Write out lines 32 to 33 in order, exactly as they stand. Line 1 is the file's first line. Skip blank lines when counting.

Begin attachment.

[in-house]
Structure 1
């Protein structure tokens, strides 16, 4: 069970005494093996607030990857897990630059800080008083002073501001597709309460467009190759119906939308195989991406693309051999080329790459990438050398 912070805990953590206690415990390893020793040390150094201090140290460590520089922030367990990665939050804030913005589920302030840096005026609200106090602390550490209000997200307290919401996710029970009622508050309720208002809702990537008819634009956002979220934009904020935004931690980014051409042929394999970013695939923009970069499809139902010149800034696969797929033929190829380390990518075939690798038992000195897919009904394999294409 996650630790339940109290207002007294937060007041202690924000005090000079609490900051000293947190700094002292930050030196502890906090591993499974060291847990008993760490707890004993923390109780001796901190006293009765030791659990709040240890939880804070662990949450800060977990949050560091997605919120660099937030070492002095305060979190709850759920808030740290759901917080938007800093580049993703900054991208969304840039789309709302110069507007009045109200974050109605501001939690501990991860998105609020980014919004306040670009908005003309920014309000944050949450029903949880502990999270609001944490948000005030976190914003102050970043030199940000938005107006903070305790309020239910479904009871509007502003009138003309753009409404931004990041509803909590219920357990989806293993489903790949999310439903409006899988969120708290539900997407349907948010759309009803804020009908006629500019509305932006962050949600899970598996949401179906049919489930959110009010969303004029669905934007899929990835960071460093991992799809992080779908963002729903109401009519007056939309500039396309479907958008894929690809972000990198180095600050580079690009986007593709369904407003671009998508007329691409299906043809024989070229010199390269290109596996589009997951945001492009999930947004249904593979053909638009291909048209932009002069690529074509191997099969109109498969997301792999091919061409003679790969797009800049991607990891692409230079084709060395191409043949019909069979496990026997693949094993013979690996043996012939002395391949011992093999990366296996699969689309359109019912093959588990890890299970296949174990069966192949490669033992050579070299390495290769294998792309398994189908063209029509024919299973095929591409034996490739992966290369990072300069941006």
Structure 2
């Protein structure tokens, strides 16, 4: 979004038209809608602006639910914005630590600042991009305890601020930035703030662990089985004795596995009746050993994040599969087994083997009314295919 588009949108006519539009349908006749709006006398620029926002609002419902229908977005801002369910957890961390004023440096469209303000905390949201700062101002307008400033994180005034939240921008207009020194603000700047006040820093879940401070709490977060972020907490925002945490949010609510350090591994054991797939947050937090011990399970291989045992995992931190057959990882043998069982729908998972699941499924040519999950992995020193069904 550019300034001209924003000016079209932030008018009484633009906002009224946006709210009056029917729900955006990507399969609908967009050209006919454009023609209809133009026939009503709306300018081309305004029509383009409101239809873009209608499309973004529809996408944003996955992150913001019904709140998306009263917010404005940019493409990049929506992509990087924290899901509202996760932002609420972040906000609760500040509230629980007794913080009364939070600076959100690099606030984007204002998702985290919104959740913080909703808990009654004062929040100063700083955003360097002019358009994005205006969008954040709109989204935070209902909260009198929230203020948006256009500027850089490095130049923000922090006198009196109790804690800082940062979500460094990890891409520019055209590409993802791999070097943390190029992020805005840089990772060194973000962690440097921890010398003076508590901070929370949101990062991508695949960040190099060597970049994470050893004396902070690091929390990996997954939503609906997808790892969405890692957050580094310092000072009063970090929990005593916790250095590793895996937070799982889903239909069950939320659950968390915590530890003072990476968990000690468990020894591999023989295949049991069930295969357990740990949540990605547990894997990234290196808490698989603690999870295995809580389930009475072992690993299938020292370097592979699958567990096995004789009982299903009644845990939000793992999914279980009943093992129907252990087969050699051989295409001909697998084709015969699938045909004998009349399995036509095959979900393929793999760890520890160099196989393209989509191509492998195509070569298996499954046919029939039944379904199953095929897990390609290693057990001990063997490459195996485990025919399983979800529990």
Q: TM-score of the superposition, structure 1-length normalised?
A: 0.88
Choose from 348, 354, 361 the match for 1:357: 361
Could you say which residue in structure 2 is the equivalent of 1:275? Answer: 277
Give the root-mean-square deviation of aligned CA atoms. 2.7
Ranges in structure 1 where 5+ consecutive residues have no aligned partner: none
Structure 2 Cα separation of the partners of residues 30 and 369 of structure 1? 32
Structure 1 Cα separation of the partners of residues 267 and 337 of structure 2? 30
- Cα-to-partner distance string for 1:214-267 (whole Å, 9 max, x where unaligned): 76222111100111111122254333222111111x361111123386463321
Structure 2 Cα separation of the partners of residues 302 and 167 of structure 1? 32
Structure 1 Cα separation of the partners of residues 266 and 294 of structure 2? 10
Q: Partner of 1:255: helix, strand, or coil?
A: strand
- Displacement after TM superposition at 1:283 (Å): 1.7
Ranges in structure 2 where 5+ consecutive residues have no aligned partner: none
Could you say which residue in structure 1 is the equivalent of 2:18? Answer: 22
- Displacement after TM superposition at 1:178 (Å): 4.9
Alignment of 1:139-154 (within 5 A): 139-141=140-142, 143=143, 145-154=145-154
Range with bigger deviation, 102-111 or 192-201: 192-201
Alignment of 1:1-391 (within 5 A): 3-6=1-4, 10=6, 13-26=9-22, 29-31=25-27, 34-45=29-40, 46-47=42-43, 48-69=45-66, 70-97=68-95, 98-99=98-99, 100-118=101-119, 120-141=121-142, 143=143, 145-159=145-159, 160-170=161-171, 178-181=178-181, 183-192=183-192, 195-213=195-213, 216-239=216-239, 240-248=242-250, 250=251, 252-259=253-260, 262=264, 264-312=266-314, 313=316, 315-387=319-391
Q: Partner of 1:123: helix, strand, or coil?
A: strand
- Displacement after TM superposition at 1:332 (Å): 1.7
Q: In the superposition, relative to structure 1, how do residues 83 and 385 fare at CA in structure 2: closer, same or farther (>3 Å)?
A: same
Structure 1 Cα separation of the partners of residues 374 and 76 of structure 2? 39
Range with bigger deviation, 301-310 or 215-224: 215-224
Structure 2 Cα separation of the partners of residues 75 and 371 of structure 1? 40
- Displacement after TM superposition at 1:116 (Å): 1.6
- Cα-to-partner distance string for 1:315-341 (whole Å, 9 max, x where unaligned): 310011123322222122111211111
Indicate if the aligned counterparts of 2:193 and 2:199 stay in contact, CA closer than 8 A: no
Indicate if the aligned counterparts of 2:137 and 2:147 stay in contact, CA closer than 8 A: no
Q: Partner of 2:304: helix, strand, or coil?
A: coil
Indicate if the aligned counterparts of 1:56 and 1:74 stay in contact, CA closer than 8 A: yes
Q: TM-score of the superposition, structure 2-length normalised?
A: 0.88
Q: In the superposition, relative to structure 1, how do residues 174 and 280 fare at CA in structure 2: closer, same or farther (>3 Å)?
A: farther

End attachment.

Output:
Range with bigger deviation, 301-310 or 215-224: 215-224
Structure 2 Cα separation of the partners of residues 75 and 371 of structure 1? 40